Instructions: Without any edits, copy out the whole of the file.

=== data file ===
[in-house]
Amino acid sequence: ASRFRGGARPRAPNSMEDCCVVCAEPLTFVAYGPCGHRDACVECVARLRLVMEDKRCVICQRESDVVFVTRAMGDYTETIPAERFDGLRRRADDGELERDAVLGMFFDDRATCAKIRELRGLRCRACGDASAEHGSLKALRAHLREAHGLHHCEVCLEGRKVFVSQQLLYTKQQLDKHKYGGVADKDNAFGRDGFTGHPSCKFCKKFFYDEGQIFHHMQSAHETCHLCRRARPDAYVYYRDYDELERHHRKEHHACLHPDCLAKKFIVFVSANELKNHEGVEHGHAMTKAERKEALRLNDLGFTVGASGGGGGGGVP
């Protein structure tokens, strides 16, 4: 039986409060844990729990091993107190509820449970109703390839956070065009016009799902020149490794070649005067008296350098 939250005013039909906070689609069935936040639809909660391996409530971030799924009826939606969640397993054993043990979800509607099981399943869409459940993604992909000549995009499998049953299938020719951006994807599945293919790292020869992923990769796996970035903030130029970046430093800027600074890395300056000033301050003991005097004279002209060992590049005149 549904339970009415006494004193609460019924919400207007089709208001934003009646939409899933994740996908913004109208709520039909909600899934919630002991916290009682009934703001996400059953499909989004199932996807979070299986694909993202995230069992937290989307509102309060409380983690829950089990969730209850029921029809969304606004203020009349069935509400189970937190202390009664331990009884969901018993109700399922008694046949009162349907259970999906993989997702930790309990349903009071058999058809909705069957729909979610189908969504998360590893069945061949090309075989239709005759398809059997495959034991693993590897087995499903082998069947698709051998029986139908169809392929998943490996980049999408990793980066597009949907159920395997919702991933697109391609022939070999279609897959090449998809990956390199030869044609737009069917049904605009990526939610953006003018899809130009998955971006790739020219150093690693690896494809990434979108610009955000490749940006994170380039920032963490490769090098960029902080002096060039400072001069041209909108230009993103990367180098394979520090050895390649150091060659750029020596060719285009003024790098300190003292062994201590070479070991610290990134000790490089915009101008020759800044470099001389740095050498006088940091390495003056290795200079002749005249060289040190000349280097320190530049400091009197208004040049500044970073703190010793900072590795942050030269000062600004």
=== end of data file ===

[in-house]
Amino acid sequence: ASRFRGGARPRAPNSMEDCCVVCAEPLTFVAYGPCGHRDACVECVARLRLVMEDKRCVICQRESDVVFVTRAMGDYTETIPAERFDGLRRRADDGELERDAVLGMFFDDRATCAKIRELRGLRCRACGDASAEHGSLKALRAHLREAHGLHHCEVCLEGRKVFVSQQLLYTKQQLDKHKYGGVADKDNAFGRDGFTGHPSCKFCKKFFYDEGQIFHHMQSAHETCHLCRRARPDAYVYYRDYDELERHHRKEHHACLHPDCLAKKFIVFVSANELKNHEGVEHGHAMTKAERKEALRLNDLGFTVGASGGGGGGGVP
């Protein structure tokens, strides 16, 4: 039986409060844990729990091993107190509820449970109703390839956070065009016009799902020149490794070649005067008296350098 939250005013039909906070689609069935936040639809909660391996409530971030799924009826939606969640397993054993043990979800509607099981399943869409459940993604992909000549995009499998049953299938020719951006994807599945293919790292020869992923990769796996970035903030130029970046430093800027600074890395300056000033301050003991005097004279002209060992590049005149 549904339970009415006494004193609460019924919400207007089709208001934003009646939409899933994740996908913004109208709520039909909600899934919630002991916290009682009934703001996400059953499909989004199932996807979070299986694909993202995230069992937290989307509102309060409380983690829950089990969730209850029921029809969304606004203020009349069935509400189970937190202390009664331990009884969901018993109700399922008694046949009162349907259970999906993989997702930790309990349903009071058999058809909705069957729909979610189908969504998360590893069945061949090309075989239709005759398809059997495959034991693993590897087995499903082998069947698709051998029986139908169809392929998943490996980049999408990793980066597009949907159920395997919702991933697109391609022939070999279609897959090449998809990956390199030869044609737009069917049904605009990526939610953006003018899809130009998955971006790739020219150093690693690896494809990434979108610009955000490749940006994170380039920032963490490769090098960029902080002096060039400072001069041209909108230009993103990367180098394979520090050895390649150091060659750029020596060719285009003024790098300190003292062994201590070479070991610290990134000790490089915009101008020759800044470099001389740095050498006088940091390495003056290795200079002749005249060289040190000349280097320190530049400091009197208004040049500044970073703190010793900072590795942050030269000062600004």